It’s Monday.  How was your weekend.  Did you have a good time?

I am going to go into the Present Perfect which my students find very difficult.  However, before I do that I am going to post something which I got in my email about phrasal verbs which I did a few lessons ago.  You will find it useful.  It is from Off2Class.  Hope you find it useful and enjoyable.

With today’s five additions to Off2Class’ Phrasal Verb Category, you now have 37 lessons focusing exclusively on this heavily-used area of the English language:

PV4.20 – Multiword Verbs with KEEP

PV4.21 – Multiword Verbs With LET 

PV4.22 – Multiword Verbs With LOOK

PV4.23 – Multiword Verbs With MAKE

PV4.24 – Multiword Verbs With PAY

Although the tense is called Present Perfect it  actually refers to action in the past.  I am going to give you a link which I have always found very useful for my students.

I copied and pasted the page which I wanted you to have a look at and lo and behold the graph came up as well.  I always find it useful to see the work on the page instead of clicking on the link or copying and pasting.  I guess I am very lazy.  I have done it all for you.

Using the Present Perfect

When should we use the present perfect tense?


This is one of the most difficult tenses to use correctly. I hope the rules below are helpful:

Present Perfect Infographic We use this tense for unfinished and finished actions:

Unfinished Actions
We use this tense when we want to talk about unfinished actions that started in the past and continue to the present. Usually we use it to say ‘how long’ an action or state has continued with ‘since’ and ‘for’. Often, we use stative verbs in this situation:

  • I‘ve known Karen since 1994.
  • She‘s lived in London for three years.
‘Since’ and ‘For’
We use ‘since’ with a fixed time in the past (2004, April 23rd, last year, two hours ago). The fixed time can be another action, indicated with the past simple (since I was at school, since I arrived):

  • I’ve known Sam since 1992.
  • I’ve liked chocolate since I was a child.
  • She’s been here since 2pm.

We use ‘for’ with a period of time (2 hours, three years, six months):

  • I’ve known Julie for ten years.
  • I’ve been hungry for hours.
  • She’s had a cold for a week.
Finished Actions
1: Life experience
(we don’t say when the experience happened, just sometime in the past)

  • I have been to Tokyo.
  • She has lived in Germany.
  • They have visited Paris three times.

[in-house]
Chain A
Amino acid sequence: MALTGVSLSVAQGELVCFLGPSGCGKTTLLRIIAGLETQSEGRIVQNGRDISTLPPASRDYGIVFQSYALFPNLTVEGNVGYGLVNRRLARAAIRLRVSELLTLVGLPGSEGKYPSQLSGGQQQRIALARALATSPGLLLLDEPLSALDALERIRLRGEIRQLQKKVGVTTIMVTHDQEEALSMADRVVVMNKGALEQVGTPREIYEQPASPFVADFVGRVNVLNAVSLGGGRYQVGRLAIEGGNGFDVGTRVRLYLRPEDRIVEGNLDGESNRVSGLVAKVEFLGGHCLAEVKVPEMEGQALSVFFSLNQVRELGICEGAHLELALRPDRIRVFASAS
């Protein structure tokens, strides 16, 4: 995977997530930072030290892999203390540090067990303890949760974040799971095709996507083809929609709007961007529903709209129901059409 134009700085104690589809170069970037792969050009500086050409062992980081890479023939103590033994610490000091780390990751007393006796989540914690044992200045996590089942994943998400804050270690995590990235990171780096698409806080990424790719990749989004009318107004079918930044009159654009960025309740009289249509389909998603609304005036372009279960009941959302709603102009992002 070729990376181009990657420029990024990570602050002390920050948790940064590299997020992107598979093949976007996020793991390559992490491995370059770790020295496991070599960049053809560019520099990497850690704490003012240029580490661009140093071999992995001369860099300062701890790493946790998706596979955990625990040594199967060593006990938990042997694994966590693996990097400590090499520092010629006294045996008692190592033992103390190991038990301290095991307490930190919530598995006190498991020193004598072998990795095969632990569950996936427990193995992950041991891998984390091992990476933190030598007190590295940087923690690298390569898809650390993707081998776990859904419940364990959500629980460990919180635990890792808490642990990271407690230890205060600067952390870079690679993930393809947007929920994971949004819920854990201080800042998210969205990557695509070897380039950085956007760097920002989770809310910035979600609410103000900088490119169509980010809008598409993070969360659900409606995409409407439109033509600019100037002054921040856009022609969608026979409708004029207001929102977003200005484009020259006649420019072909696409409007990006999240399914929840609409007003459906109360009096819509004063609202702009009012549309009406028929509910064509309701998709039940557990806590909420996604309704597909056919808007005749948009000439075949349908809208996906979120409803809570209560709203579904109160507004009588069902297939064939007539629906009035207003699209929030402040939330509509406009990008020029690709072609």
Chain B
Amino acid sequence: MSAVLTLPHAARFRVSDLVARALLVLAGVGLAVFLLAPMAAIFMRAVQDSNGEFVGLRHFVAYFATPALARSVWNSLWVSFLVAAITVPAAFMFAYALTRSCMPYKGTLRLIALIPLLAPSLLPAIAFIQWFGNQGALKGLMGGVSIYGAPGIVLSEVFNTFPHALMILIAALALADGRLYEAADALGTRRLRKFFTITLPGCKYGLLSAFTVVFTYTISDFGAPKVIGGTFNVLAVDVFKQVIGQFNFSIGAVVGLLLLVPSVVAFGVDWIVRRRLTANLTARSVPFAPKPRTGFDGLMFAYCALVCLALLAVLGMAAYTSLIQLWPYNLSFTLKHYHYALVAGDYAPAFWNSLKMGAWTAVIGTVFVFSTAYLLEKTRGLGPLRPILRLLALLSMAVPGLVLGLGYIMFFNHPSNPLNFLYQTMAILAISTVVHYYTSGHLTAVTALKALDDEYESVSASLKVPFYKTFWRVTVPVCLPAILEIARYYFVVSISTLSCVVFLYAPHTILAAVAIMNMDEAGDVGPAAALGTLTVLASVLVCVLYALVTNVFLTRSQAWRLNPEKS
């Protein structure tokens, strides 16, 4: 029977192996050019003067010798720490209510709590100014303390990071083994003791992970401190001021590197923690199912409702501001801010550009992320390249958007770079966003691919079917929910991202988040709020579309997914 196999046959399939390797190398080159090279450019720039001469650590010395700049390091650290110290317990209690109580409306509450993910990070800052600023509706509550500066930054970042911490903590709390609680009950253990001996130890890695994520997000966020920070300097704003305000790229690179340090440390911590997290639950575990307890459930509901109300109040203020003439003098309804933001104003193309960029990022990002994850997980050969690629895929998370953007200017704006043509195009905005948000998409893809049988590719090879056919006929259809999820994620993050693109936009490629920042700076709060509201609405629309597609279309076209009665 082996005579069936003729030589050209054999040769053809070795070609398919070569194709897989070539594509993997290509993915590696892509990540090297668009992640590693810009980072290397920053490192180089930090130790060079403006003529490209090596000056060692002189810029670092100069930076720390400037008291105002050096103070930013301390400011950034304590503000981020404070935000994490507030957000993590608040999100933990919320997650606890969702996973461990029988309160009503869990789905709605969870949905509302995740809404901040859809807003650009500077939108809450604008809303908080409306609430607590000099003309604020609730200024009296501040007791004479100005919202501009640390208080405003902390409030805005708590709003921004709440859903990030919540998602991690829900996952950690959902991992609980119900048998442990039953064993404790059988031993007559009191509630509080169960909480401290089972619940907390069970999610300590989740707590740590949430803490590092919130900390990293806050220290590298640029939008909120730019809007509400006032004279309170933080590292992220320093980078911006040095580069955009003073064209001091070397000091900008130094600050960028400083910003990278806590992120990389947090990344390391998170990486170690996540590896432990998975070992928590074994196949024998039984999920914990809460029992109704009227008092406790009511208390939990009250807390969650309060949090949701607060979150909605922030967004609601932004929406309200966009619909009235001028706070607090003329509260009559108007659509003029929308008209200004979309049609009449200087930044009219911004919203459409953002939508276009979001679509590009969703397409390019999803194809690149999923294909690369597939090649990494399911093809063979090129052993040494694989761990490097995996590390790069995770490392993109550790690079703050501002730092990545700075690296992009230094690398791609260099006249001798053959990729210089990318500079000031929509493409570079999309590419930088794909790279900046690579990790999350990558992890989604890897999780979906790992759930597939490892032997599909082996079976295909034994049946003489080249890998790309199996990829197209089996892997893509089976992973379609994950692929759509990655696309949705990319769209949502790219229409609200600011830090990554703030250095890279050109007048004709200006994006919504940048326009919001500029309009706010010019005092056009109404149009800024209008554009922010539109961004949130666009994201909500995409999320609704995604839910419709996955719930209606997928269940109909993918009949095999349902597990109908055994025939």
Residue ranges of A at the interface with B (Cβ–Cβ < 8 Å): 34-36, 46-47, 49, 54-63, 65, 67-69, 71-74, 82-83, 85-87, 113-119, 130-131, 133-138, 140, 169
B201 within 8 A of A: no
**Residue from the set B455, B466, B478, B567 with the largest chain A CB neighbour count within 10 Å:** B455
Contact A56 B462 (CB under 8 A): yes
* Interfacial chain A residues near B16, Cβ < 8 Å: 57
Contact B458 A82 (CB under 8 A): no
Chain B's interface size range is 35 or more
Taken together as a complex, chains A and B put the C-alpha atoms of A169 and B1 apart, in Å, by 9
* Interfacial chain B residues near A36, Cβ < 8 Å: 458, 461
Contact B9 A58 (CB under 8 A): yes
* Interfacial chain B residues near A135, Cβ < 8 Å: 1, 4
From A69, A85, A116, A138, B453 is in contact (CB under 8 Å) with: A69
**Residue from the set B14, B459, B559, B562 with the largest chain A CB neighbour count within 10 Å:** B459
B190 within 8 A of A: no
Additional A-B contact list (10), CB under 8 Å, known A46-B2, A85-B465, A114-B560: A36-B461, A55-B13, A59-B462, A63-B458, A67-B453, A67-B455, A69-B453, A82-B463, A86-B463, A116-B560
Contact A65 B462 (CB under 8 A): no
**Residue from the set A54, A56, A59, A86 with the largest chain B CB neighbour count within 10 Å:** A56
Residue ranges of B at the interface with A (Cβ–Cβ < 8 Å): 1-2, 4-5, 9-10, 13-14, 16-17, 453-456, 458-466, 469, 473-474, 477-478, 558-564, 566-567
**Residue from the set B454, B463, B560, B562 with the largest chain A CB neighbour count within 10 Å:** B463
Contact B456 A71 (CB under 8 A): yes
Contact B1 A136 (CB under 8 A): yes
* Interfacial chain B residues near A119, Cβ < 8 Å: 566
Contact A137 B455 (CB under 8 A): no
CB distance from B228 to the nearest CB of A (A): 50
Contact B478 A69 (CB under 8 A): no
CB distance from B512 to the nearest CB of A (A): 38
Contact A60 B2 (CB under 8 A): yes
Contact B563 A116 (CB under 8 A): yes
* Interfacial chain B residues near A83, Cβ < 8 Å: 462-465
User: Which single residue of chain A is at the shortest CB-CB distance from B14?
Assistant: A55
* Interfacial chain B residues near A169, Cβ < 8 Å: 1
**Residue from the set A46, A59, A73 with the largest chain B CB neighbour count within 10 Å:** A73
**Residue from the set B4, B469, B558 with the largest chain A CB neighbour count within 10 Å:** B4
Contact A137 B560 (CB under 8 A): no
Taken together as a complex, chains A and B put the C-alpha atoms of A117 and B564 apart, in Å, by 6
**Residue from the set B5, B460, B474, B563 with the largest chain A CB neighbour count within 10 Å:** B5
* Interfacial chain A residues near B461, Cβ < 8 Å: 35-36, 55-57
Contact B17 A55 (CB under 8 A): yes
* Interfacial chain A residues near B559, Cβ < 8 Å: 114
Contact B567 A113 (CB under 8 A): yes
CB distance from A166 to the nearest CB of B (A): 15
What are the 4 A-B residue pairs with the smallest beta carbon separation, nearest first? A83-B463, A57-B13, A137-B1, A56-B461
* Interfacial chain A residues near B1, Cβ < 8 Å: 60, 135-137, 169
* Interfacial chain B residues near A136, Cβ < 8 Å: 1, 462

• We have never seen that film.
  • Have you ever read ‘War and Peace’?
2: A finished action with a result in the present (focus on result)

  • I‘ve lost my keys (so I can’t get into my house).
  • She‘s hurt her leg (so she can’t play tennis today).
  • They‘ve missed the bus (so they will be late).
  • I‘ve cooked dinner (so you should come and eat).
3: With an unfinished time word (this month, this week, today, in the last year)

  • I haven’t seen her this month.
  • She‘s drunk three cups of coffee today.
  • This week they‘ve been shopping four times.

Note: We can’t use the present perfect with a finished time word:

  • I’ve seen him yesterday.
‘Been’ and ‘Gone’
In this tense, we use both ‘been’ and ‘gone’ as the past participle of ‘go’, but in slightly different circumstances.
We use ‘been’ (often when we talk about ‘life experience’) to mean that the person being talked about has visited the place, and come back. Notice the preposition ‘to’:

  • I’ve been to Paris (in my life, but now I’m in London, where I live).
  • She has been to school today (but now she’s back at home).
  • They have never been to California.
We use ‘gone’ (often when we are talking about an action with a result in the present) to mean that the person is at the place now:

  • ‘Where’s John?’ ‘He’s gone to the shops’ (he’s at the shops now).
  • Julie has gone to Mexico (now she’s in Mexico).
  • They’ve gone to Japan for three weeks (now they’re in Japan).

Did the above post make the Present Perfect easier for you.  Here are some You tube videos:

Well, I hope you go home and practise the formation and use of the Present Perfect.  See you tomorrow.


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